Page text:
Candlelight Labyrinth and Night Hike

Two years ago, I celebrated Christmas and the winter solstice at a candlelight labyrinth. (See my blog entry of January 5, 2014.) This year I walked another candlelight labyrinth. It was offered on the beach at Brigantine. The weather was cool and windy, and the moon almost full. Lovely!

Two nights later I discovered another activity that offers the same sense of peace and opportunity for reflection. I walked a Pine Barrens sand road at night! It was closer to home and required no coordination of schedules.

What got me out into the Pine Barrens at night, on Christmas Eve, no less? I’m married to a naturalist/ecologist. Happily, he studies LOCAL ecosystems, not the rain forest or tundra, so he has research sites in our back yard (literally) and within a few minutes drive from home. Christmas Eve was warm and wet, so he invited me to join him looking for moths.

As usual, we took the precaution of notifying the property owner. We don’t want to be mistaken for “prowlers”! Then we stepped into the woods.

Finding moths requires the use of flashlights, and we were suitably equipped, but it was bright enough to walk without them much of the time. We were prepared for rain, but the weather was changing and the clouds broke up. We were treated to occasional moonlight, sometimes quite bright. We couldn’t resist taking photos with our cell phones, trying for the artsy black and white effect.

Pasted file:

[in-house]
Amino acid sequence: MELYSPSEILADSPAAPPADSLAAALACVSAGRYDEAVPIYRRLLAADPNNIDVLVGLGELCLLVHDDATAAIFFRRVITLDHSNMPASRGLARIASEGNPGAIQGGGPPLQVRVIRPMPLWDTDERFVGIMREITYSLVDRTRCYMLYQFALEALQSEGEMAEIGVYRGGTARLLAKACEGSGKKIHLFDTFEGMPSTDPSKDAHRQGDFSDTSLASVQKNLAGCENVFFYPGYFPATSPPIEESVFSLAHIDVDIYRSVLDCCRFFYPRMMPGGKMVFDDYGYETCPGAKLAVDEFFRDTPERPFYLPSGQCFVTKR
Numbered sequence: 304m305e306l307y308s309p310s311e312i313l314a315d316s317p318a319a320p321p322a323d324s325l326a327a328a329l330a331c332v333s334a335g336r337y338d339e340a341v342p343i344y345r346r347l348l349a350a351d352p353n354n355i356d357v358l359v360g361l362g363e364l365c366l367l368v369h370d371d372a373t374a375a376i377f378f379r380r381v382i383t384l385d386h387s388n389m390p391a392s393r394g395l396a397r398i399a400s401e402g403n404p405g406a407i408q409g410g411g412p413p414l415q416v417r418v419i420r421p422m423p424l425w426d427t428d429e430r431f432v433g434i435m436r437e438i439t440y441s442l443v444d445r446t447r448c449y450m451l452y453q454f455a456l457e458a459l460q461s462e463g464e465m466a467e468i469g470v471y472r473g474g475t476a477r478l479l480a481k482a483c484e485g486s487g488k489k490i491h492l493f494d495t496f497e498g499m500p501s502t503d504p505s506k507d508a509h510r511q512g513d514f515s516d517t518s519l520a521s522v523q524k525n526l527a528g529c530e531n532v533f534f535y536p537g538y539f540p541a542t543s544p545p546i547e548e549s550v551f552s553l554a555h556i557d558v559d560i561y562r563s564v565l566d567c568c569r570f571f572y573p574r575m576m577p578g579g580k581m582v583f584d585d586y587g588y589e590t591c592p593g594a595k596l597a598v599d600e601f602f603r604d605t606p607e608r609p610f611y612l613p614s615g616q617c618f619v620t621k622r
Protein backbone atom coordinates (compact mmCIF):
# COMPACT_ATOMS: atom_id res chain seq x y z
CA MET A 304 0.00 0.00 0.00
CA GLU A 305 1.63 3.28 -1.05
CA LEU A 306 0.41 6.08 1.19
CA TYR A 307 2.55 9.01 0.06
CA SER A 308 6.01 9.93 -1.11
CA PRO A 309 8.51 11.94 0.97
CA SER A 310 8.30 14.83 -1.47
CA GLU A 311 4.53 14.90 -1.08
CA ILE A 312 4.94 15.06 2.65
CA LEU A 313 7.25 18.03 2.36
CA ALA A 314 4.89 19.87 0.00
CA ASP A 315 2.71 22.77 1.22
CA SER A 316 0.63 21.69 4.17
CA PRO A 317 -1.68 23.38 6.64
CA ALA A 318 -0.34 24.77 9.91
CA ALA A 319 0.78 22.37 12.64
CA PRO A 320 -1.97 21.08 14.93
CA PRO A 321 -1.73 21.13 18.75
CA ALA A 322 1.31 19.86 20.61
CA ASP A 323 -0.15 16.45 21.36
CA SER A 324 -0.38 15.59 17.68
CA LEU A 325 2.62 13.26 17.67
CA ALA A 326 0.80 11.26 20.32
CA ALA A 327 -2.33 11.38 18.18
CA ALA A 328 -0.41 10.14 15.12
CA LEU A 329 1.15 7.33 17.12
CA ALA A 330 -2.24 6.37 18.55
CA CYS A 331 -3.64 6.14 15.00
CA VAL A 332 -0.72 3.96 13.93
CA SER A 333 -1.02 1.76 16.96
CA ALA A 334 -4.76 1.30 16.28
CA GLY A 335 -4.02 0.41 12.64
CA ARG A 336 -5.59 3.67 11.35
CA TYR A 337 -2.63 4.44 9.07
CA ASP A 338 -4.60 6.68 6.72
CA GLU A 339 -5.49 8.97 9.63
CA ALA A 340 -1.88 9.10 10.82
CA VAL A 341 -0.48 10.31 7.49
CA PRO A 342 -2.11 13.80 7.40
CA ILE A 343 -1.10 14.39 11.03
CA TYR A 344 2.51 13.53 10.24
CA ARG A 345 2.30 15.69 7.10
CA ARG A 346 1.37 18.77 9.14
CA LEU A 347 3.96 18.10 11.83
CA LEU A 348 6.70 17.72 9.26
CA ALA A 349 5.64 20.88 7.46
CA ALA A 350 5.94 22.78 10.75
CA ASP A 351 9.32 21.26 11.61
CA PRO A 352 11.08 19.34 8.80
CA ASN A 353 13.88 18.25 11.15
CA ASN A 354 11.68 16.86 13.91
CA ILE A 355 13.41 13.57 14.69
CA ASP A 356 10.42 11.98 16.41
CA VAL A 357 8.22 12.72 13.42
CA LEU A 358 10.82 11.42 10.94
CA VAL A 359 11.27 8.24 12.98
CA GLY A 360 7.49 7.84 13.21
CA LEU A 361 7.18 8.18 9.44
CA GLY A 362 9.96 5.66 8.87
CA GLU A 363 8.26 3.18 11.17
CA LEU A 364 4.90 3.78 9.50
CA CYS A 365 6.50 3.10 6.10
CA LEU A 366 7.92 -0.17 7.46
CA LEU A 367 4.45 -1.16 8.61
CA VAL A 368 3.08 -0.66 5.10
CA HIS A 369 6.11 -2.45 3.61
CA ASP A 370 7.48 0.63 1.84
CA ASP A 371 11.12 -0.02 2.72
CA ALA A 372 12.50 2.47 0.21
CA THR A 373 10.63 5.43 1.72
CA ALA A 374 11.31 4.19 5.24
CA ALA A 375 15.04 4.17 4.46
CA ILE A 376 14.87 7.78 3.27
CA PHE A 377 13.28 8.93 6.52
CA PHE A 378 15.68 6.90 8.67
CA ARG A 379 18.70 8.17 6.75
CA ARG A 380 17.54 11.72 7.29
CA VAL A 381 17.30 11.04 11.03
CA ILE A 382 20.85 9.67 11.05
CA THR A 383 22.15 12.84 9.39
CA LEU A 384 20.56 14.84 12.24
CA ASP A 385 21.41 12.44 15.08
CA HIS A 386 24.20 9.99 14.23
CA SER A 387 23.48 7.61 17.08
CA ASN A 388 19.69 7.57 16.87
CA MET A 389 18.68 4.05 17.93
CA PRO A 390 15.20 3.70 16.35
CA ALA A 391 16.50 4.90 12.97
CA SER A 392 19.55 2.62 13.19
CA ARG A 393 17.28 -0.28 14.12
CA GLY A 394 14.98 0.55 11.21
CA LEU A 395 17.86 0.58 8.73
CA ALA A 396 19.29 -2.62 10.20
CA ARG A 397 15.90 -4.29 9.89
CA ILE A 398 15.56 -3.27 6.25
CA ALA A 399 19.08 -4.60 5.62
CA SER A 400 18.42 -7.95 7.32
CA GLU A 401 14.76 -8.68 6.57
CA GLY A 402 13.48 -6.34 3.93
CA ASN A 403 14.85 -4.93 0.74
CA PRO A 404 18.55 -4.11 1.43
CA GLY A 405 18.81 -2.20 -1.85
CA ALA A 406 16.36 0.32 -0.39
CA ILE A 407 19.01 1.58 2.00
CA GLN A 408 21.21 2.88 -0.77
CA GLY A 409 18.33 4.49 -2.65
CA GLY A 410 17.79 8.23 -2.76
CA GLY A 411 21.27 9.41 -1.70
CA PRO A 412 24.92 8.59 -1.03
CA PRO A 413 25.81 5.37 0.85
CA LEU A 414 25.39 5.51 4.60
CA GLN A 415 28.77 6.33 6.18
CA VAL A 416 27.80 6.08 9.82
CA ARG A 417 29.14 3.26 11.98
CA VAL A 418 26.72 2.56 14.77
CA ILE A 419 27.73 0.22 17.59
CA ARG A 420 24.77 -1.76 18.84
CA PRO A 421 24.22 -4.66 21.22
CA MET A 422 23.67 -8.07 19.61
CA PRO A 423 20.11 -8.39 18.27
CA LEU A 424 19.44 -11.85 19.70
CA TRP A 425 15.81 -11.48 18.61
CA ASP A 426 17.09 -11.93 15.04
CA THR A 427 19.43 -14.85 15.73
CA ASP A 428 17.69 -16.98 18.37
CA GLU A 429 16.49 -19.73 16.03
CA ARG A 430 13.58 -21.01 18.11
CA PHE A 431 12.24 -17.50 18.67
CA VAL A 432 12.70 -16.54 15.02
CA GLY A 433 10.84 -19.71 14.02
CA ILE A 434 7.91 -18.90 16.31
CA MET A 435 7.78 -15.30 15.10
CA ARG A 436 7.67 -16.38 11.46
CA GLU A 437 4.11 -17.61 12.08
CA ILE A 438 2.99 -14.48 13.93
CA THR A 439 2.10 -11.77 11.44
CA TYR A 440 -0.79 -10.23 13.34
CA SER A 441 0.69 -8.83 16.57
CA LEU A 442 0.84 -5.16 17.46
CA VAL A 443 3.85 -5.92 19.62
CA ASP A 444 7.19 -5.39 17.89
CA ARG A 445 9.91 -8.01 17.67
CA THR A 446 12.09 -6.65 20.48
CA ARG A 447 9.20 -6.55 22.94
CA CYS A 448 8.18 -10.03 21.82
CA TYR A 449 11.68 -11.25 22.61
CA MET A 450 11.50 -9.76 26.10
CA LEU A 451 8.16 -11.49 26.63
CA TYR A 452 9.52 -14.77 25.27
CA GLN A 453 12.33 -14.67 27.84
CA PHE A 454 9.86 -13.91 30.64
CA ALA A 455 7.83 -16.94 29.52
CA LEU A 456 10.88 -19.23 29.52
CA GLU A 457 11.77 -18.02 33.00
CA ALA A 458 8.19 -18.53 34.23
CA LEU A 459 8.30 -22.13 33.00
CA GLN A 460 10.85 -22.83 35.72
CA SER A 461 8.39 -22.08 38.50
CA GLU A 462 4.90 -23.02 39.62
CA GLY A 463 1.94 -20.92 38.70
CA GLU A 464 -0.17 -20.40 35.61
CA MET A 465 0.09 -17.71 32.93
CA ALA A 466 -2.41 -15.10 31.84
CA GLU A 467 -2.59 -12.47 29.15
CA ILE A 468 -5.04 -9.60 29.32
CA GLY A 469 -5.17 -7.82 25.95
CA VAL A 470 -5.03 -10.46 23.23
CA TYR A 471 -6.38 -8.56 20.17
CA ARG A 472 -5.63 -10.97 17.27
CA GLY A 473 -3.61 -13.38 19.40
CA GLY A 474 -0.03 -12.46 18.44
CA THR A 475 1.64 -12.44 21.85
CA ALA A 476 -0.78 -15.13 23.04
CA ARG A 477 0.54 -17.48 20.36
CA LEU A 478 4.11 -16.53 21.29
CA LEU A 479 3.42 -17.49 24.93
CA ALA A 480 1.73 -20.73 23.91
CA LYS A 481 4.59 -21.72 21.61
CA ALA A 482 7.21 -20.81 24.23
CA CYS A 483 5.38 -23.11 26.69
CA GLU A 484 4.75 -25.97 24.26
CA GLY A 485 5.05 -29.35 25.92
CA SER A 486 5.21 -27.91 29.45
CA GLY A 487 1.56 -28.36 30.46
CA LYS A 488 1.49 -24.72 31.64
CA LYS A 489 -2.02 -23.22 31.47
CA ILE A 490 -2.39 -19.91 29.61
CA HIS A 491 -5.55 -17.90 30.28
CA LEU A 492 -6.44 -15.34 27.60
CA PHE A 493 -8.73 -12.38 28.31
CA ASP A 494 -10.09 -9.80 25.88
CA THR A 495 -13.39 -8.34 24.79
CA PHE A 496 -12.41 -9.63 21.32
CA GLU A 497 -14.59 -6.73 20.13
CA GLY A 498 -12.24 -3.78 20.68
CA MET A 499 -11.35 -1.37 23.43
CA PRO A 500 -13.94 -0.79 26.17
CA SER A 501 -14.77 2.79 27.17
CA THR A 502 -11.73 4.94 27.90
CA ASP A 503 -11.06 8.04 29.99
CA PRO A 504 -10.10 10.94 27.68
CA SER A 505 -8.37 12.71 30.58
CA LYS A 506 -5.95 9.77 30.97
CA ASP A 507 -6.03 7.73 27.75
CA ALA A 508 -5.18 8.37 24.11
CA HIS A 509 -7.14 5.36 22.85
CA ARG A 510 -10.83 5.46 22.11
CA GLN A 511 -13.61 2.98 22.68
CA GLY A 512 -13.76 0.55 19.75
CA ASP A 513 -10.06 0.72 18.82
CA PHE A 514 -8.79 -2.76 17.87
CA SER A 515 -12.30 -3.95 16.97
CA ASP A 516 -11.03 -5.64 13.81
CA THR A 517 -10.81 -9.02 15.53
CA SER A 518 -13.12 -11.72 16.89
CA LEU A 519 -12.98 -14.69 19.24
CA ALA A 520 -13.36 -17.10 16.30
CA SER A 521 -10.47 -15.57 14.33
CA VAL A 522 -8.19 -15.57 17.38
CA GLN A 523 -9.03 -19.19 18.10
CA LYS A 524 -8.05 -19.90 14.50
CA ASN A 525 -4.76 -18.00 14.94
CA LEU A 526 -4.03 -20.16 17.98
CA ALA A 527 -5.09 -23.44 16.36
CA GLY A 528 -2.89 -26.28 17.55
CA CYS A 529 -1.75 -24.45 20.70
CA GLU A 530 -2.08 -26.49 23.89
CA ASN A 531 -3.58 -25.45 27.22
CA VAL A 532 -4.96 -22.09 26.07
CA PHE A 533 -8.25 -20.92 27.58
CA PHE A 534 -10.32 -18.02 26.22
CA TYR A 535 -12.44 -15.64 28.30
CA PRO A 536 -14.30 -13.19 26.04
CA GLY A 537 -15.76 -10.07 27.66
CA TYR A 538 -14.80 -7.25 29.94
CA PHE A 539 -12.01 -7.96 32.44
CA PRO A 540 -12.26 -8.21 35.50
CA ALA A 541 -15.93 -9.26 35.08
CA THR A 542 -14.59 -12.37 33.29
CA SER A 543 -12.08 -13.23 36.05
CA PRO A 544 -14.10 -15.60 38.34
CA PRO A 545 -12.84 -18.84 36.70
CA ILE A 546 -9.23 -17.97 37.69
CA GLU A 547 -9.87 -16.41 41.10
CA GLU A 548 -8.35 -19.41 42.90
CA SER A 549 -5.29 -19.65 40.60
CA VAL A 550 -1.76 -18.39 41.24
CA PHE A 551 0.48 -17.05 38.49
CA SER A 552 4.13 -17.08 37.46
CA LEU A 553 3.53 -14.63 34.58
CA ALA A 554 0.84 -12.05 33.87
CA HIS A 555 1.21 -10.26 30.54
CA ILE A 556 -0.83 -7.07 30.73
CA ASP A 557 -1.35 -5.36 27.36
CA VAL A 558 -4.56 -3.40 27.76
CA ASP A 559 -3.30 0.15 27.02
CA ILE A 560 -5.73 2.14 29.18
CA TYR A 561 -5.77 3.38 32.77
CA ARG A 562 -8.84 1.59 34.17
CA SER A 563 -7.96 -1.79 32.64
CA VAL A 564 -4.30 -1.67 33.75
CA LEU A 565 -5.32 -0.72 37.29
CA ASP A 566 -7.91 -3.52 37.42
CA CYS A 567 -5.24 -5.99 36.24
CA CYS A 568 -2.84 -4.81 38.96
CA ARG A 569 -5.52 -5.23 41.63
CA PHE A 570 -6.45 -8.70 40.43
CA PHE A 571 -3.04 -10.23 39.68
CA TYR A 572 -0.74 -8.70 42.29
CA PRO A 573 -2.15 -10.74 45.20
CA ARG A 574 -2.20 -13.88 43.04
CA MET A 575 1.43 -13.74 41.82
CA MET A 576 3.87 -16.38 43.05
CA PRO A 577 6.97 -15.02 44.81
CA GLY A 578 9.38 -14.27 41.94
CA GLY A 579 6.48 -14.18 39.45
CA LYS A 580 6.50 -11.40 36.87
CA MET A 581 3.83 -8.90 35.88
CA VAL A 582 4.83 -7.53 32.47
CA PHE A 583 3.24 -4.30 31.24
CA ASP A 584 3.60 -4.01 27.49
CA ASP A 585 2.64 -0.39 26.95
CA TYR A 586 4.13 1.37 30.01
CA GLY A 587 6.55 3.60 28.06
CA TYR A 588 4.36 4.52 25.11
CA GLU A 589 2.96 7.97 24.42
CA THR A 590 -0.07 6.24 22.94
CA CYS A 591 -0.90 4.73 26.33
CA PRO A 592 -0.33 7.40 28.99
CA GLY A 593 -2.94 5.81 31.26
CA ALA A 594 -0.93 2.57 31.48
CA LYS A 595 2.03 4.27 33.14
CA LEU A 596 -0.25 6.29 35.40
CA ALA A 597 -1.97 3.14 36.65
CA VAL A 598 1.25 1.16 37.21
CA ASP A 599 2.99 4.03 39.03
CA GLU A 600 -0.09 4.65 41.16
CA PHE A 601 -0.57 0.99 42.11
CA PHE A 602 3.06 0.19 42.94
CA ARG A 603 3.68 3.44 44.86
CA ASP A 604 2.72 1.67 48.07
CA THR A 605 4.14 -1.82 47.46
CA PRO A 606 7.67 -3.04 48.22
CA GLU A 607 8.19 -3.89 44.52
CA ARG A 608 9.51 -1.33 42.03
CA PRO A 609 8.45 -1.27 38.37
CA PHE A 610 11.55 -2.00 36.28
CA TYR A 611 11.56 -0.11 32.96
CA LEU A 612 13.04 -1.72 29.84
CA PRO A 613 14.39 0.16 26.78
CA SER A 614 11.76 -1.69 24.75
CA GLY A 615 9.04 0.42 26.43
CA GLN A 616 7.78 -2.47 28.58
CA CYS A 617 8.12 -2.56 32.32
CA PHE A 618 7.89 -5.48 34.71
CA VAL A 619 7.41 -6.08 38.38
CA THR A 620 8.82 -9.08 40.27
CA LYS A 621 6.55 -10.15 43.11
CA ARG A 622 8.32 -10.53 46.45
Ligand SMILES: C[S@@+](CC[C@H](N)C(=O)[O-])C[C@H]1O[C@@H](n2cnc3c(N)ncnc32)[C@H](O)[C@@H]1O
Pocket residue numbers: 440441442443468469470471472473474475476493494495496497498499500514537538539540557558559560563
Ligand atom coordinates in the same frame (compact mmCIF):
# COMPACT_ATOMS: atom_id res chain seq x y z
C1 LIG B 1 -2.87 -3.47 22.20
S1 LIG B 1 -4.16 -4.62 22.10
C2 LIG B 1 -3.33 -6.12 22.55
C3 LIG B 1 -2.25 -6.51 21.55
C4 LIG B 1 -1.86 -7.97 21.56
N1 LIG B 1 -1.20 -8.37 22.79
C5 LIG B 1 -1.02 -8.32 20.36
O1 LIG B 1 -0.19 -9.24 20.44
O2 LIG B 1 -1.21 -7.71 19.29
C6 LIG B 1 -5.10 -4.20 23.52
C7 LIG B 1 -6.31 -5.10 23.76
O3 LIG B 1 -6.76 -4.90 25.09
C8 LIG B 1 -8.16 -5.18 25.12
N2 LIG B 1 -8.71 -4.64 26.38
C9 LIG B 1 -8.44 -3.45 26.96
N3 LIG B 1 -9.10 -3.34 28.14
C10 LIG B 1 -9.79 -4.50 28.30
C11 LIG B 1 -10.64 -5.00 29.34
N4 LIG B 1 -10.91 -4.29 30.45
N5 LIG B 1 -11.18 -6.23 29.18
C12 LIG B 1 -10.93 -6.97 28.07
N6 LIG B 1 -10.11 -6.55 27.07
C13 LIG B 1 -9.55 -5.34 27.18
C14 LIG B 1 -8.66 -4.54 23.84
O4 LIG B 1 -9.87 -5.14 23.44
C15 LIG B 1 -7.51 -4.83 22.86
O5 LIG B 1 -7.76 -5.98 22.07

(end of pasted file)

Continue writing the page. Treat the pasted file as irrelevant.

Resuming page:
I wore rubber rain boots, which allowed me to feel the path beneath my feet. At a slow pace, I found walking in the darkness comfortable and safe.

What reminded me of the labyrinth was the fact that the paths we followed were sandy and often quite bright. After an hour of rambling, I felt adjusted to the darkness and pleasantly calm.

It wasn’t a great night for moths. My husband collected a dozen or so. But that’s what makes natural history interesting. You don’t know what you will find! We heard peepers (really shouldn’t be there in December), geese (barking like dogs) and other birds we couldn’t identify.

I highly recommend a night hike when you have the opportunity. In the Pine Barrens, if you are lucky enough to be here!

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